Good restaurants run like a well oiled machine, and each individual position must do their part to ensure that. Bussers (or busboys for the gendered version) are an integral part of the restaurant machine. The service industry is fast paced, and the best way for a restaurant to make more money, and a waiter to get more tips, to then pass along to a busser, is to get tables cleared and reset as fast as possible, to get more people sat and on to their dining experience.
And nothing is more dissatisfying as a customer to be waiting for a table at a restaurant, when you can see an abundance of open tables that just need to be cleared off and reset. It’s an important job. Now, no one is going to say it’s glamorous. Often, people in the industry say that bussers do all the things that servers don’t want to do. And that may be partially true. But waiters tip bussers for their services.
Here’s everything you ever needed (and probably more than you wanted) to know about bussers.
Busser Job Description
It can be tough not to answer many of these questions with, “It depends.” Frankly, because most often, it does depend. Restaurants can be completely different from one to the next, but for the most part there are some general responsibilities that bussers partake in.
Bussers, for the most part, will always be bussing tables. This is the not-so-glamorous part of the job. When people are done with their meals, you come in to expediently remove dirty dishes, utensils, napkins, etc., wipe down the table with sanitizer or a sanitized rag, and reset the table in the proper format (i.e. napkins, place settings, etc.).
These dishes are taken back to the dish pit where the dishwasher readies them for their next run through the process. Bussers are often extremely versatile, so be ready for a little bit of everything. If there’s a spill in the dining room? You’ll probably get called on to take care of it. If water glasses need filling at a table, and a waiter needs help? You’ll probably get called on to take care of it. If the trashes on the serving line need taking out? You’ll probably get called on to take care of it. Catching the idea here?
You’ll need to be extremely alert, communicate respectfully and well with the restaurant customers as well as with the servers and managers, while paying attention to lots of details. It’s a fast paced job, where you’ll be constantly on your feet with something to do, lifting and carrying, cleaning, and consistently in motion.
How Much Do Bussers Get Paid?
Once again, unfortunately this answer depends. In most restaurants, the general rule is that the servers who worked while a specific busser was on, tip out anywhere from 10 to 20 percent of their tips to the bussers who worked on their shifts. Bussers can make a servers life heaven or hell very quickly, so servers, it’s often best to take care of them as well as possible. Now, depending on the size of the restaurant, the price point, hours worked, and a myriad of other factors, a busser could make anywhere from $50 to $250 dollars a shift. However, for the most part, most bussers get paid a minimum wage, with about an extra 5-10 dollars an hour. Again, this can vary drastically, but you should be able to count on about that.
How Do Bussers Get Paid?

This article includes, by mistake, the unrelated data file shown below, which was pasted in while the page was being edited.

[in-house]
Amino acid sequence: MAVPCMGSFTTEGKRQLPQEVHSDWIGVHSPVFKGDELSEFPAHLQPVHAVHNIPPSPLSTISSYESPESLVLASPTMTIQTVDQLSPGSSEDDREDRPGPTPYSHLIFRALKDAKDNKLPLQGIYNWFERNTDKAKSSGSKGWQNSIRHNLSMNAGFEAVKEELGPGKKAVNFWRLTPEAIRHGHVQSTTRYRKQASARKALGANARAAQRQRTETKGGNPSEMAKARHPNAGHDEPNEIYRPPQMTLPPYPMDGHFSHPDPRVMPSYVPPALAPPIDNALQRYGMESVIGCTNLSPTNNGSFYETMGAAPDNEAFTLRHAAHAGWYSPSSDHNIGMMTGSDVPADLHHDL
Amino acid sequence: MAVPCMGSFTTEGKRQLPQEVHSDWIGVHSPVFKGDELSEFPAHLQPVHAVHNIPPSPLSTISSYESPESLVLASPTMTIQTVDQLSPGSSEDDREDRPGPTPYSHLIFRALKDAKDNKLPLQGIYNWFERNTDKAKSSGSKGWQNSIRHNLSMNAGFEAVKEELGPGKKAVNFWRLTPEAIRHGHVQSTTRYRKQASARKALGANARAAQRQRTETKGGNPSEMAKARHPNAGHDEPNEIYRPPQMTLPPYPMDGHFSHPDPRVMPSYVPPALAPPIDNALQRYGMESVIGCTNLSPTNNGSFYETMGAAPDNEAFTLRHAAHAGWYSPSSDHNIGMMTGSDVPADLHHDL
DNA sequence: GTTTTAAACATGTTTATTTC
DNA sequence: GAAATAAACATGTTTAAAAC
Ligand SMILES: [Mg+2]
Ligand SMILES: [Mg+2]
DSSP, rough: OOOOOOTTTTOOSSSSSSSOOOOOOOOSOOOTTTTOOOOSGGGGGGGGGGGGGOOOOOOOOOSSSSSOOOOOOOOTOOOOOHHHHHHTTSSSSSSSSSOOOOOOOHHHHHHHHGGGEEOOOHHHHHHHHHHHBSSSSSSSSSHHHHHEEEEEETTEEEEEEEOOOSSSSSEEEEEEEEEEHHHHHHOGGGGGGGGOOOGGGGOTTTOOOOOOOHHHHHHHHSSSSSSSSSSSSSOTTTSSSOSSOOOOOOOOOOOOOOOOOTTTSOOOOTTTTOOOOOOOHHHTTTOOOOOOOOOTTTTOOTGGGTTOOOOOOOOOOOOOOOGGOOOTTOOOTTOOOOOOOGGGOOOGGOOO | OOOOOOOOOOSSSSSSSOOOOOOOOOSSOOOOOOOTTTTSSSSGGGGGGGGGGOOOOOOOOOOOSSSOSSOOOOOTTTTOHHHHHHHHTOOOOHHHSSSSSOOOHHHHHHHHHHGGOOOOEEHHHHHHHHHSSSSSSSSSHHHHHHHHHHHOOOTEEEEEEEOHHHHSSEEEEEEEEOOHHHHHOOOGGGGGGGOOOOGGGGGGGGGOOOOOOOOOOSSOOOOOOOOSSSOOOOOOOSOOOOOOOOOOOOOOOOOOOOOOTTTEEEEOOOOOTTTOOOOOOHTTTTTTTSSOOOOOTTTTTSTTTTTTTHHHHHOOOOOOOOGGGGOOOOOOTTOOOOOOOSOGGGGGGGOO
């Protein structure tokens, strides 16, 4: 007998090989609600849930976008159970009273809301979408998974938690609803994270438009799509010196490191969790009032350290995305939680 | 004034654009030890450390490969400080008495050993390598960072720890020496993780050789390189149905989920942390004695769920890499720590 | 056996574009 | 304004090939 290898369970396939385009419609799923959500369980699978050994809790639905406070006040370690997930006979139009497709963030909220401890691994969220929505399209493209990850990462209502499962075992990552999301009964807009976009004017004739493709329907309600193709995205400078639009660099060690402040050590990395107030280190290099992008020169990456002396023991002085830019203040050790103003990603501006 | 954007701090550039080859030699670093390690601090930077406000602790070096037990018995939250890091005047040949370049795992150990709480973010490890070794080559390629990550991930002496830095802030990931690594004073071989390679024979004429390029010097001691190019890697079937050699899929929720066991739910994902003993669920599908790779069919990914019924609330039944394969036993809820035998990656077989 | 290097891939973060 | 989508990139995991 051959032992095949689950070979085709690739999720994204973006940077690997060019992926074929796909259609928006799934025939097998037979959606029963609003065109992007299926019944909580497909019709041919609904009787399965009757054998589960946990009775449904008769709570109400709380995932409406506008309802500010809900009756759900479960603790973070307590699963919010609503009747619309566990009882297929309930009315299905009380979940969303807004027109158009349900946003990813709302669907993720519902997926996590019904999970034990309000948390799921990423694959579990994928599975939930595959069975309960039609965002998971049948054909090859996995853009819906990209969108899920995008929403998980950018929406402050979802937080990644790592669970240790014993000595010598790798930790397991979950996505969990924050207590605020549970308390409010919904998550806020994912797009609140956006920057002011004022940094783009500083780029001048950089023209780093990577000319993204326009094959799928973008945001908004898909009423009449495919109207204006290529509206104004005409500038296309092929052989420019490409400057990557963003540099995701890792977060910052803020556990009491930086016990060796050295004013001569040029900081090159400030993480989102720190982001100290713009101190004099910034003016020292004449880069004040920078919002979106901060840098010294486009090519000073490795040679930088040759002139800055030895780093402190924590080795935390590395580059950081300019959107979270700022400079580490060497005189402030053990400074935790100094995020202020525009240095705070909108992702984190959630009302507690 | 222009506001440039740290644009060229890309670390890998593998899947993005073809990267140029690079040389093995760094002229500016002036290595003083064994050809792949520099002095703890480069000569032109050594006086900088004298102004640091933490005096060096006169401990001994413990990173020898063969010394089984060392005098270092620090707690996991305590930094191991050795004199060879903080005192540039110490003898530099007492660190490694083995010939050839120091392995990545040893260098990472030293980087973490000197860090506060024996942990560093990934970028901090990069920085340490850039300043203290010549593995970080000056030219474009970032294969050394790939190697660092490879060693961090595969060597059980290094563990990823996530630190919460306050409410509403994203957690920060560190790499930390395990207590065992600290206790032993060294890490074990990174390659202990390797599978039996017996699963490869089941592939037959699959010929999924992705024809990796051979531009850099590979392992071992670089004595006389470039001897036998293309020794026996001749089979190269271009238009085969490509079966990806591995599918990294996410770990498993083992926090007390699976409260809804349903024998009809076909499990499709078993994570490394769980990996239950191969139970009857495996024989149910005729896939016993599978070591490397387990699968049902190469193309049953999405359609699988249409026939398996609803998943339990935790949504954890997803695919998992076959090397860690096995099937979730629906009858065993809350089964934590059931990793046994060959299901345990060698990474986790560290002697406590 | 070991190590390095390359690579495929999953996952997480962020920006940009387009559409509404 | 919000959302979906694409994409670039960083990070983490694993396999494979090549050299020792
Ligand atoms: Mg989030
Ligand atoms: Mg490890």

Bussers get paid in the same way waiters or servers at a restaurant get paid. At the end of the night they get what’s known as “tipped out”. Depending on the restaurant, the servers who are working will pass on their tip to the busser at the end of their shift, or sometimes, they’ll leave their tip in an envelope at the end of the shift with the restaurant manager for the busser to pick up at their next shift, so as to include all revenue made while the busser was working.
Bussers will also likely be paid their bi-weekly minimum wage hours in the form of a check.
Busser Skills and Requirements
For the most part, this is an entry level restaurant position. You usually don’t need restaurant experience to work as a busser, and more often than not, it’s a great way for someone who’d like to eventually become a waiter or server, to learn the ropes of a restaurant from no experience, and work their way up. For the most part, you’ll need to have a go-getter attitude, with no negativity about the less glamorous parts of the position. The faster you are and the more willing you are to get your hands dirty, the easier you’ll have it in the long run, and more likely the servers are on staff to notice and kick back the proper tip to you. You should have good hustle, good attention to detail, polite communication skills, endurance for a long shift, and good time management.
You’ll need non-slip shoes to hustle around the restaurant (including in a wet dish pit) and the required uniform of your prospective restaurant. That’s usually black on black but can vary widely for many restaurants.
That said; dive in.
It’s a messy job, but it needs doing, and you can’t be shy in the restaurant industry. The busser duties list is long and sometimes arduous, but there is huge potential for upward mobility, cash payments at the end of a shift, and the ability to work fairly independently for the most part.
And also keep in mind:
Johnny Depp, Langston Hughes, and Jon Stewart all worked as a restaurant busser at one point in their life. It’s a tried and true position in the restaurant business that will always need doing, and will always need doing well. Once you have experience on your restaurant resume as a busser, it will be much easier in the future to get a job as a restaurant host or hostess, and one day train your way into waiting tables, which is where the real money is made. But everyone’s got to pay their dues in one way or another.